Sens. Amy Klobuchar (D-Minn.) and Lisa Murkowski (R-Alaska) have introduced a bill that would create new privacy regulations protecting consumer health data collected through health tracking apps, fitness wearables and direct-to-consumer DNA testing kits.
The bill, introduced June 14, would set a new federal standard for biometric consent, the Senators said.
“New technologies have made it easier for people to monitor their own health, but health tracking apps and home DNA testing kits have also given companies access to personal, private data with limited oversight,” Klobuchar said in a statement. “This legislation will protect consumers’ personal health data by requiring that regulations be issued by the federal agencies that have the expertise to keep up with advances in technology.”
The topic of consumer data privacy is heating up, both on and off the Hill. Facebook recently came under fire for its privacy policies after a complaint filed with the Federal Trade Commission accused the social media company of exposing users’ sensitive health data. Facebook has since made privacy changes to its platform when it comes to users discussing health conditions or sharing health information in closed groups.
An investigation by The Wall Street Journal published last week also revealed that apps tracking sensitive information are sending that data back to Facebook, unbeknownst to the people using those apps, and the Washington Post reported that a pregnancy tracking app has been selling user data to employers.
Current laws and regulations, including the Health Insurance Portability and Accountability Act (HIPAA) do not adequately address the emerging privacy concerns presented by these technologies, Klobuchar and Murkowski said.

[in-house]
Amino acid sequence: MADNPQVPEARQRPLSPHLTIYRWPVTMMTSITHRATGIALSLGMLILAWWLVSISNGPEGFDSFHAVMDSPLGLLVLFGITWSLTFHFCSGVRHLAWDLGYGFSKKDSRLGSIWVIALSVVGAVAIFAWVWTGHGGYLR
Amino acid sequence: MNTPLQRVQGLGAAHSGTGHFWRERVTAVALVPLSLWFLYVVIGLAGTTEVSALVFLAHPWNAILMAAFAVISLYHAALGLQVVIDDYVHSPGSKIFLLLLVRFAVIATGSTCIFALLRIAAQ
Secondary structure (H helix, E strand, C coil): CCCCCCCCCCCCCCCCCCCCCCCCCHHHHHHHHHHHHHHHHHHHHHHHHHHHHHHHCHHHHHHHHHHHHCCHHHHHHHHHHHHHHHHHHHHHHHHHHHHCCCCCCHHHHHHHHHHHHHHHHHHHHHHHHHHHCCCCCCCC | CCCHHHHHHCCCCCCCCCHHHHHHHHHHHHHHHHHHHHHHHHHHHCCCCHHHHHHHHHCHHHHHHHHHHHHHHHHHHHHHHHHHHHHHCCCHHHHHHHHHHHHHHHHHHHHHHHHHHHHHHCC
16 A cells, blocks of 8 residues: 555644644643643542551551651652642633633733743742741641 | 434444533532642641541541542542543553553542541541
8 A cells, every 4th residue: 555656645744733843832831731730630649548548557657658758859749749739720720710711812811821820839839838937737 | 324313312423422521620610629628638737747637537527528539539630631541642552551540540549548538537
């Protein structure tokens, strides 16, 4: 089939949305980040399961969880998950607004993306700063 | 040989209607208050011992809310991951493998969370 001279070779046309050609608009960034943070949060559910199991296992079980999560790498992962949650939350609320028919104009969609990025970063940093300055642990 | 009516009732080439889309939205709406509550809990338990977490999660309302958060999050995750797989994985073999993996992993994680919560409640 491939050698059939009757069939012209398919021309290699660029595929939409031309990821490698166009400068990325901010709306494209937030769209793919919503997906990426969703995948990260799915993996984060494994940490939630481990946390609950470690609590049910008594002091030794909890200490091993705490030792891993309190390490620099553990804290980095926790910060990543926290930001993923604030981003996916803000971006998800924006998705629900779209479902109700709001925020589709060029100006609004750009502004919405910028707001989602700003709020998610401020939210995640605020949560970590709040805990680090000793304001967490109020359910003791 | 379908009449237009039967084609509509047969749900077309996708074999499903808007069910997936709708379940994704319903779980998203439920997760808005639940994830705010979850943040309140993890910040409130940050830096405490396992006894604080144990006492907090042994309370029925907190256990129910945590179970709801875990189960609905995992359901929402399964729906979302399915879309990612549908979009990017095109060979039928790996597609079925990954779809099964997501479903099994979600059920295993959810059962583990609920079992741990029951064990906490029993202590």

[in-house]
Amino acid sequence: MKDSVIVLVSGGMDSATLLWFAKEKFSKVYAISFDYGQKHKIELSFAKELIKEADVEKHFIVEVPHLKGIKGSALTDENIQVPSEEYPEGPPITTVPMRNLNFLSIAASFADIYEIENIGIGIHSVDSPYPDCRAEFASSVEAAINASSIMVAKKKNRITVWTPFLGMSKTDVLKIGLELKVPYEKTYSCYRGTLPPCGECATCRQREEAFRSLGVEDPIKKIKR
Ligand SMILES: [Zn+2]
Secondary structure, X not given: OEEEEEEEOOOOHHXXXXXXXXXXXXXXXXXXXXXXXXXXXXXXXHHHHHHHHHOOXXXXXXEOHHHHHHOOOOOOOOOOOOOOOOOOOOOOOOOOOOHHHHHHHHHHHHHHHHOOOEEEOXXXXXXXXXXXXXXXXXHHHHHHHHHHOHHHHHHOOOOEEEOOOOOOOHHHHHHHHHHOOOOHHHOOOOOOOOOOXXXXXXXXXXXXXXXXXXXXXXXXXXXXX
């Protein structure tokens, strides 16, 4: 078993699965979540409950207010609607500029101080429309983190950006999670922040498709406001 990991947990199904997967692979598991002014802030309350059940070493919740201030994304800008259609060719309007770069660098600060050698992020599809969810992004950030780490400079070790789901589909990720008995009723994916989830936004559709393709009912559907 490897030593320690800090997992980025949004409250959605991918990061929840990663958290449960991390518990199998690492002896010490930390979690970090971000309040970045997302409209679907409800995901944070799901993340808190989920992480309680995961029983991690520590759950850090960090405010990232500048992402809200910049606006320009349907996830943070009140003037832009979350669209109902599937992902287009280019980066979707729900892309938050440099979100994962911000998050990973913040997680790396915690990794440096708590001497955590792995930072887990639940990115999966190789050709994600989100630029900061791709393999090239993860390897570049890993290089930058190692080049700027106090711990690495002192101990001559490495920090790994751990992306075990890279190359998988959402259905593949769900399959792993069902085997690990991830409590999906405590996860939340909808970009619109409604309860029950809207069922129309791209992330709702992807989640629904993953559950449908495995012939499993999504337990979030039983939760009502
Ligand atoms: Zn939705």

The legislation requires the Secretary of Health and Human Services (HHS) to promulgate regulations for genetic, biometric and personal health data that are not regulated by existing laws and ensure that the new regulations take into account appropriate standards for consent.
The measure also would create a national task force to evaluate cybersecurity risks and privacy concerns associated with consumer products that use personal health data. It also would give consumers the ability to navigate their health data privacy options, including deleting personal health data that companies collect or use.
"This legislation takes important steps to ensure guidelines are created for security and privacy protections of modern health information. Our policies must evolve to keep up with advancements in recent technology," Murkowski said in a statement.
Consumer Reports, which supports the bill, said the current legal framework for privacy around health data is out of date and incomplete.
"Protecting the legal right to privacy for users of new health technology is about ensuring consumers have the freedom to take advantage of promising new health technology without losing the right to privacy or facing harm such as discrimination,” Dena Mendelsohn, senior policy counsel for Consumer Reports, said in a statement.